The following sample essay on Why Is Jane Afraid Of The Red Room discusses it in detail, offering basic facts and pros and cons associated with it. To read the essay’s introduction, body and conclusion, scroll down.
Charlotte Bronte conveys Jane’s experience of the red room as very intense, she writes in such a way, that it makes the reader identify with Jane and feel her isolation and sadness alongside her, and intense anger towards Mrs Reed. ‘why was I always suffering, always browbeaten, always accused, forever condemned’, Mrs Reed’s spitefulness towards Jane and ignorance towards her own children’s malevolent mannerisms, frustrates the reader, ght forward, narrative language to emphasise Jane’s hatred and fear for himand compels them to feel involved in the novel and wanting to participate in the actions taking place.
Bronte makes sure Jane’s fear of Master Reed is also well recognised by the reader, as when Jane is narrating her opinions of John Reed, ‘every nerve I had feared him, and every morsel of flesh on my bones shrank when he came near’ she uses strai.
Jane begins her story as an orphan raised by a wealthy and cultivated family; tension is created by the steady build-up of Jane’s anger whilst she is being berated by her aunt. This tension and its source are apparent in the novel from its very first chapter, when Jane is tormented and punished by John Reed and his hateful mother.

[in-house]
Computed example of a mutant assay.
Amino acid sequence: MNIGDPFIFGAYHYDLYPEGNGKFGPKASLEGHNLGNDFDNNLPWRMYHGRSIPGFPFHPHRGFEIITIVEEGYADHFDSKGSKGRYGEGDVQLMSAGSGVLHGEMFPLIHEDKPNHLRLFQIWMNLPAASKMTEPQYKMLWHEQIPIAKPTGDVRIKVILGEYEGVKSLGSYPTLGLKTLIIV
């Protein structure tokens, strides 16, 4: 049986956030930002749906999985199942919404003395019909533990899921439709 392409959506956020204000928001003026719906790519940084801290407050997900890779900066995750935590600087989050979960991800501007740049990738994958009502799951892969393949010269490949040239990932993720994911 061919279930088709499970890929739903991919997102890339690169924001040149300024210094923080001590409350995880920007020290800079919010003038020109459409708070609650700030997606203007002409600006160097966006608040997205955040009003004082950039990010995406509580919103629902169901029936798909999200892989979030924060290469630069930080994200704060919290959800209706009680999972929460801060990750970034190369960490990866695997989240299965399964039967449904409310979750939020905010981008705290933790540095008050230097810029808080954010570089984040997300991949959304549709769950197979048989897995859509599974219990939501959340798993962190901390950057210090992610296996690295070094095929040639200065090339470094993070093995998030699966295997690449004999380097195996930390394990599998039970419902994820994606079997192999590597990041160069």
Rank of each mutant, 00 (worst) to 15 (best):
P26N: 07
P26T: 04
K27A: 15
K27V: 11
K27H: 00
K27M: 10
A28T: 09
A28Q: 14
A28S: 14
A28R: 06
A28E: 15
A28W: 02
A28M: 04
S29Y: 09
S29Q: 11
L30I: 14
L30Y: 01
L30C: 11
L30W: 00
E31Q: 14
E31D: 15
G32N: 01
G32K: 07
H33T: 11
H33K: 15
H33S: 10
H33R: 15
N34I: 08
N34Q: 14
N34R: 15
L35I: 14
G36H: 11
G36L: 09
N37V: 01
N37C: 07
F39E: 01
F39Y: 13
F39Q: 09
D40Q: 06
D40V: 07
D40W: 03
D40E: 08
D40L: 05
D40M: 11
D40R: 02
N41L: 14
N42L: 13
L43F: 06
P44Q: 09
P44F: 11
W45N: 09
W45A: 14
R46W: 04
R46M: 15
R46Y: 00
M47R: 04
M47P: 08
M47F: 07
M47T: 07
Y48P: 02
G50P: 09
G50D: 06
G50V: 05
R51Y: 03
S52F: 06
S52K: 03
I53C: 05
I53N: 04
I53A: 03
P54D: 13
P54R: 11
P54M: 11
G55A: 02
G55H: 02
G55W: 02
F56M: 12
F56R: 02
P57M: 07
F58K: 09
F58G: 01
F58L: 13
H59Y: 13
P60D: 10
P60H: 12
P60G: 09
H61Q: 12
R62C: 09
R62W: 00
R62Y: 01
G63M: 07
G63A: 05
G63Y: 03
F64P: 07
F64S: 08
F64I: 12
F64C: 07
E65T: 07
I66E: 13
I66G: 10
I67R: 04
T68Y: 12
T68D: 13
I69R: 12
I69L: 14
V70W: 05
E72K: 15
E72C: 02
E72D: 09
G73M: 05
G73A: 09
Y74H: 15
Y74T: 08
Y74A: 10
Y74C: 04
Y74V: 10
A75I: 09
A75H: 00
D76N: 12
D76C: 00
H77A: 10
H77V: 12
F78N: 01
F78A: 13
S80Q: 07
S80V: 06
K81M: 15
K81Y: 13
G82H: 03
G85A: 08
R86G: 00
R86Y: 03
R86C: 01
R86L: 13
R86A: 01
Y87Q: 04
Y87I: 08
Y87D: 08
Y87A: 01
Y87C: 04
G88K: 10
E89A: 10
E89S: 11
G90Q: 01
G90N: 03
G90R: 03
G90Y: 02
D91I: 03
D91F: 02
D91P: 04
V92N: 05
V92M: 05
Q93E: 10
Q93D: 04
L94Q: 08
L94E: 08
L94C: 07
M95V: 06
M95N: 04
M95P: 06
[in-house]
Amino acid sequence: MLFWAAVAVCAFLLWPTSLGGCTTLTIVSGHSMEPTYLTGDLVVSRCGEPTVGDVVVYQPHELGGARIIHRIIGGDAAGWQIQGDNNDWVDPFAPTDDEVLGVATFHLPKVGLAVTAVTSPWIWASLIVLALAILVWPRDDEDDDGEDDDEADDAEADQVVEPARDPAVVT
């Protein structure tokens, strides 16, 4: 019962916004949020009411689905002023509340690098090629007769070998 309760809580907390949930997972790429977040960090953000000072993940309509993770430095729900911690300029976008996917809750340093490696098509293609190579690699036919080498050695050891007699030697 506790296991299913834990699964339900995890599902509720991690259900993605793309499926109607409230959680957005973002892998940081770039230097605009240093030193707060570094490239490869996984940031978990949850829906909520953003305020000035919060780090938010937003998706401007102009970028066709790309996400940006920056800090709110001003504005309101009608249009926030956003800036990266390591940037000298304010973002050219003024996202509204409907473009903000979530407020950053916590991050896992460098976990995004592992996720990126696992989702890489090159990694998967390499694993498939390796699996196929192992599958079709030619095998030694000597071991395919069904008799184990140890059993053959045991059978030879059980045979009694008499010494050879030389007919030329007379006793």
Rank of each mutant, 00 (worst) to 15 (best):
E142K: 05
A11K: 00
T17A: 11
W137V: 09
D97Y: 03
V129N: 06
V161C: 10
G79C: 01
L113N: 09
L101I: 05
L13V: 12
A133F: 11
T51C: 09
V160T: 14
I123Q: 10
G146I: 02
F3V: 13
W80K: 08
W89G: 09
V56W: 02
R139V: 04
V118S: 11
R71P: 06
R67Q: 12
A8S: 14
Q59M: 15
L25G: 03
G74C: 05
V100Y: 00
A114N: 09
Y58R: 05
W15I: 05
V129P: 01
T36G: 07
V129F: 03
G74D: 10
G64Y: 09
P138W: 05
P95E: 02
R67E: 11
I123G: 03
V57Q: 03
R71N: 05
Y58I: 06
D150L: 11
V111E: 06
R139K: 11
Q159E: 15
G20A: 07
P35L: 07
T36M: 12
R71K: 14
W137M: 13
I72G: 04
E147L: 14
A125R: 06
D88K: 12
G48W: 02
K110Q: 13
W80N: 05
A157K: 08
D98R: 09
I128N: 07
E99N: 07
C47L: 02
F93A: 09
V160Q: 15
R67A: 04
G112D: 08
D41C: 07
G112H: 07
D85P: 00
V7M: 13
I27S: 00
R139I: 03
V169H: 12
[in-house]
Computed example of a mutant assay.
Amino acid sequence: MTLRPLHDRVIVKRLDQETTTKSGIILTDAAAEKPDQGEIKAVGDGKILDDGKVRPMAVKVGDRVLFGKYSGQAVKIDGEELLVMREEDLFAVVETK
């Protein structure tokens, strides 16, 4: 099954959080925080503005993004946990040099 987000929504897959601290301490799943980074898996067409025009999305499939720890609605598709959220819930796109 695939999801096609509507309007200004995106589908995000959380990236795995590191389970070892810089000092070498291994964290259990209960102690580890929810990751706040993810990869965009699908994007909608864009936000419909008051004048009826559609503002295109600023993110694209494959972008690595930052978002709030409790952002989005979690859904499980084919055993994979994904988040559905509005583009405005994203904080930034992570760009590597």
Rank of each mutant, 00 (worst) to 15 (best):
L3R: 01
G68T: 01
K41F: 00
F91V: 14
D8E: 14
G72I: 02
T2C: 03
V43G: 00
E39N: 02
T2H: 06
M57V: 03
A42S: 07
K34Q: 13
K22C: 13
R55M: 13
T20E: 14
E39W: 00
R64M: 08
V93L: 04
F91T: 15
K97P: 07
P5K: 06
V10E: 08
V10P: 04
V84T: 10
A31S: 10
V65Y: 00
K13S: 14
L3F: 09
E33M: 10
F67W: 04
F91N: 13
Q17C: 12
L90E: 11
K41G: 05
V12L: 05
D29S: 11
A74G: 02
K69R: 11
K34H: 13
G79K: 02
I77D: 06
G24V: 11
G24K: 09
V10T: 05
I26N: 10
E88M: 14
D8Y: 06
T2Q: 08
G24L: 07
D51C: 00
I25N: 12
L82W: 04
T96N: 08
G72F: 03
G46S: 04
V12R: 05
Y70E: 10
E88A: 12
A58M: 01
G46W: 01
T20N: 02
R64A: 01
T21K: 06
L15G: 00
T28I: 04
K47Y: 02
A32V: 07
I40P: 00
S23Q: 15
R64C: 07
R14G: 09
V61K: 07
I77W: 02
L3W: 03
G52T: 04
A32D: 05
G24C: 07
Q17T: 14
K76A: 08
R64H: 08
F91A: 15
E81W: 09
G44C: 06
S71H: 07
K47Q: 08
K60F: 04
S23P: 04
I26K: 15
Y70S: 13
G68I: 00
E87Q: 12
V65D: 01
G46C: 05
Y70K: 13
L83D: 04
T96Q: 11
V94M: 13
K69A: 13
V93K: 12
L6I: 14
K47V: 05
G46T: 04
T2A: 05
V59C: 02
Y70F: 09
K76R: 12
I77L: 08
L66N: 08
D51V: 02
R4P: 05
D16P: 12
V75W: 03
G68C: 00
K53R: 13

As a penniless orphan forced to live on the unwilling charity of others, she is a second- class citizen, in some ways below even the servants ‘you are less than a servant, for you do nothing for your keep’, who certainly have no obligation to treat her respectfully.
Her banishment to the red-room illustrates her inferior position with regard to the rest of her privileged household. In the early chapters, Bronte has one main task: to establish the young Jane’s character in the minds of her readers. She achieves this through Jane’s confrontations with John and Mrs.
Reed, in which Jane’s good-hearted determination and integrity manifest themselves. Bronte’s meticulous description of the red room enhances the readers perception of Jane’s suffering at Gateshead, By describing all the aspects in a religious and gothic styled detail, it enhances the eerie and frightening emotions Jane is experiencing at the time of her distress. Jane Eyre draws a great deal of its stylistic inspiration from the gothic novels that were in vogue during the late eighteenth and early nineteenth centuries.
These books used elements of supernatural horror, remote, desolate landscapes, and crumbling ruins to create a sense of psychological suspense, mystery, and horror. While Jane Eyre is certainly not a horror novel, the way Bronte touches upon this genre whilst still keeping in line with real life and reality writing enhances any slightly eerie aspects of the novel. Jane is terrified of the red room for two main reasons, the first reason is the supernatural and ghostly legend that encases it, ‘Mr Reed had been dead for 9 years, and it was in this chamber he breathed his last’.